Economic prosperity is often measured using personal income or wealth. Neither of those two measures, however, provides a full picture of people’s material well-being. Standards of living can increase because of both falling prices and rising incomes. Even people with falling incomes can be better-off, as long as the cost of living decreases at a faster pace than incomes shrink.

Consider the cost and adoption of home appliances. In 1968, for example, a 23-inch Admiral color TV cost $2,544 in 2018 U.S. dollars, or 120 hours of labor in the manufacturing sector. In 2018, a 24-inch Sceptre high-definition LED TV cost $99.99, or 4.7 hours of labor at the average hourly wage in the manufacturing sector. That’s a reduction of 96 percent in human effort.

In 1968, a 16.2-cubic-foot refrigerator cost $2,725 (in 2018 U.S. dollars), or 128 hours of labor. In 2018, an 18-cubic- foot refrigerator cost $497, or 23 hours of labor.1 That’s a reduction of 97 percent in human labor. Over the same period, the cost of a 5,000-Btu air conditioner fell from $640, or 30 hours of work, to $136, or 6.4 hours of work—an 80 percent decline (both prices are in 2018 U.S. dollars).2

When Texas Instruments introduced the TI-2500 Datamath handheld calculator in 1972, it cost $905 (in 2018 dollars) or 43 hours of labor. The company’s solar-powered TI30X IIS scientific calculator sold for $8.88 in 2018, or about 25 minutes of work.3 That’s a decline of 99 percent. In 1981, the cheapest IBM personal computer cost $4,459 (in 2018 U.S. dollars), or 210 hours of labor. An Insignia tablet and keyboard combo cost $120 in 2018, or 5.6 hours of labor. Ignoring the vast increase in functionality, that’s a reduction of 97 percent.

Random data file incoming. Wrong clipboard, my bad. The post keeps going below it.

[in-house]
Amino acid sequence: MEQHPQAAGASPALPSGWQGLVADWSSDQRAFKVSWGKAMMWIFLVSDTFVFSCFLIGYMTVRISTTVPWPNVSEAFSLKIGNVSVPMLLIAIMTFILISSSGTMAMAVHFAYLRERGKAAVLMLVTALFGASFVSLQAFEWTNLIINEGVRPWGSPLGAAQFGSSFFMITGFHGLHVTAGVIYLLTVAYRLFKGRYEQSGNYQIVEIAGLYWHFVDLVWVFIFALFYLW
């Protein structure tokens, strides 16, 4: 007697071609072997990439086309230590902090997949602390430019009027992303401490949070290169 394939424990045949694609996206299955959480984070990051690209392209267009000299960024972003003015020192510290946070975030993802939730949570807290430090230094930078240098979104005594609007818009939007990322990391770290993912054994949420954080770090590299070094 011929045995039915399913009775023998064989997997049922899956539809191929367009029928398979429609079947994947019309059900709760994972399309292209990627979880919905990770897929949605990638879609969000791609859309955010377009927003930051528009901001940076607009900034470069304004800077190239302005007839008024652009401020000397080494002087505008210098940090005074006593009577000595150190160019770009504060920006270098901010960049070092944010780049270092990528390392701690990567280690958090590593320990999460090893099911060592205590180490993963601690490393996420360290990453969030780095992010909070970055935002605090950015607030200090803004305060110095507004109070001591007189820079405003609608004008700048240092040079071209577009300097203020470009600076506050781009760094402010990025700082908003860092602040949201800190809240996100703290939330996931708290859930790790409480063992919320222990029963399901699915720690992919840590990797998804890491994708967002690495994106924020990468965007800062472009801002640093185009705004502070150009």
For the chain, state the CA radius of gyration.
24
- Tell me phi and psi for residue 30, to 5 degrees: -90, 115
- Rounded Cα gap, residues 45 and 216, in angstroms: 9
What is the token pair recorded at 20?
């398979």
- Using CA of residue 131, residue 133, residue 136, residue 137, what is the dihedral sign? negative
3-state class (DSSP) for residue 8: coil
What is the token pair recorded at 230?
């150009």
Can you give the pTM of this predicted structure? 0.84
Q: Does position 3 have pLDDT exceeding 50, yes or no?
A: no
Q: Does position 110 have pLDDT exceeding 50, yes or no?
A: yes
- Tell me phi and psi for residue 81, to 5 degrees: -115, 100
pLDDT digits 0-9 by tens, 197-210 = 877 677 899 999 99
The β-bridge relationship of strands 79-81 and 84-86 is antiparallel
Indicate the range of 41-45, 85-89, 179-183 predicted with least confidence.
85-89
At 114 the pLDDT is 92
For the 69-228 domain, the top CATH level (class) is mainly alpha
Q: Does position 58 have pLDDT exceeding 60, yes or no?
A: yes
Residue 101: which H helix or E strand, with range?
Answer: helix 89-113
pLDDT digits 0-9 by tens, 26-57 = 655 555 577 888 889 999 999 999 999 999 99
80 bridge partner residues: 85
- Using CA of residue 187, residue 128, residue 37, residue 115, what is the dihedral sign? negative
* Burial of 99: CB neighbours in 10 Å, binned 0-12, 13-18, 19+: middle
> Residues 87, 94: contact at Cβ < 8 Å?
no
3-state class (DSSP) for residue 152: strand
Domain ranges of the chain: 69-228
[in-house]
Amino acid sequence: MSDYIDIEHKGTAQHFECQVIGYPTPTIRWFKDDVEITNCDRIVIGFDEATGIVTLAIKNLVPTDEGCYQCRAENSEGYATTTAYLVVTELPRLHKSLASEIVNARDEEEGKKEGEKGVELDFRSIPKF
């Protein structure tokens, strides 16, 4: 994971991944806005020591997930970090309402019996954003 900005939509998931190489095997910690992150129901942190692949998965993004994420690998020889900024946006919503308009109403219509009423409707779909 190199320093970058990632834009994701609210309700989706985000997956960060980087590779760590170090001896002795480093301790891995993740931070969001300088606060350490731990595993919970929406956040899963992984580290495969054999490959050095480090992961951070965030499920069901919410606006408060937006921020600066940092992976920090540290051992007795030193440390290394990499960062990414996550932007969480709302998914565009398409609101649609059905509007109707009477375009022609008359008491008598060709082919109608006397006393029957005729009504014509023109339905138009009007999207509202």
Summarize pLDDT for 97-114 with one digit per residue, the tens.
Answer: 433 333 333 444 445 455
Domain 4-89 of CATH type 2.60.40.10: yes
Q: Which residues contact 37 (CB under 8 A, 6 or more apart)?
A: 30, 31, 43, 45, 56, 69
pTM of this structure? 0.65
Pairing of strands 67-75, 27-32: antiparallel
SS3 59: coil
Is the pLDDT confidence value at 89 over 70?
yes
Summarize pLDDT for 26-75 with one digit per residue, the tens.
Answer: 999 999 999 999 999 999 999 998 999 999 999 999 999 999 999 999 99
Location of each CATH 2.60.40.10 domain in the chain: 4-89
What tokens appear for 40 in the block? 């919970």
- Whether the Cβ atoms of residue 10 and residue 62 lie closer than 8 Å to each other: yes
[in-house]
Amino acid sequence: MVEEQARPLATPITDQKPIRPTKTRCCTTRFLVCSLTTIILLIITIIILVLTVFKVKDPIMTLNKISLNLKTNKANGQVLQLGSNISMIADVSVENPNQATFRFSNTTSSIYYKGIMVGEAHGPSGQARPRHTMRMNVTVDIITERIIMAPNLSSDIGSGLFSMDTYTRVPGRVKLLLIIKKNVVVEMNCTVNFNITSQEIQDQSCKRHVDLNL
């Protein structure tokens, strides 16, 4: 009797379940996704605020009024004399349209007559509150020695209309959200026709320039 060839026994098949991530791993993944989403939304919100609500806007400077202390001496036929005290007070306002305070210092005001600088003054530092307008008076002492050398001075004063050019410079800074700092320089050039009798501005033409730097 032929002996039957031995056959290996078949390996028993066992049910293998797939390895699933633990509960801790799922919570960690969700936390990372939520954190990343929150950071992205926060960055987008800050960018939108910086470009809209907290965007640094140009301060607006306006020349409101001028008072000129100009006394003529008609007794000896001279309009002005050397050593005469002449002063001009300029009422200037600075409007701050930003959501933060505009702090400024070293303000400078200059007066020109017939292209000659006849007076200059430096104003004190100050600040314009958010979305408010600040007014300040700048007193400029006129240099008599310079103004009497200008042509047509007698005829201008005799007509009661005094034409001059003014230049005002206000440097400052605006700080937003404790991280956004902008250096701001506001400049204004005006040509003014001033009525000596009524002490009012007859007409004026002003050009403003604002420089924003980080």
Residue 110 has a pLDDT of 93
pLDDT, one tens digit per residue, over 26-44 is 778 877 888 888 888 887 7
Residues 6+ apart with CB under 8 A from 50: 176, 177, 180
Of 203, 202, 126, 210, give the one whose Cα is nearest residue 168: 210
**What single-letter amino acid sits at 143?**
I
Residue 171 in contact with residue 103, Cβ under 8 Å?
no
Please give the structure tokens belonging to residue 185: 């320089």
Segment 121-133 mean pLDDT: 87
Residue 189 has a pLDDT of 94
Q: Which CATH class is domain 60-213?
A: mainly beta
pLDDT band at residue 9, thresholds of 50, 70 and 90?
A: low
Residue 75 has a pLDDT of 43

As late as 1971, only 43.3 percent of all U.S. households had a color television. By 2005, 97.4 percent of poor U.S. households owned a color TV. Similar stories can be told of washing machines, dishwashers, clothes dryers, refrigerators, freezers, stoves, and vacuum cleaners. And the speed of adoption of new products is increasing. It took about a half century from the invention of the telephone to the time when 50 percent of U.S. households owned one. In contrast, after only 12 years of smartphones hitting the stores, 50 percent of individual Americans possessed one.

  1., “18 Cu. Ft. Top Freezer Refrigerator in White,” price as of December 2018.
  2. “Pennys Extra Value Days” ad, Florence (SC) Morning News, May 3, 1968,; and “5,000 BTU 115-Volt Window-Mounted Mini-Compact Air Conditioner with Mechanical Controls,” HomeDepot. com, price as of December 2018, Mounted-Mini-Compact-Air-Conditioner-with-Mechanical-Controls-FFRA051WAE/308328843.
  3., “Texas Instruments TI-30X IIS 2-Line Scientific Calculator, Black with Blue Accents”, price as of December 2018.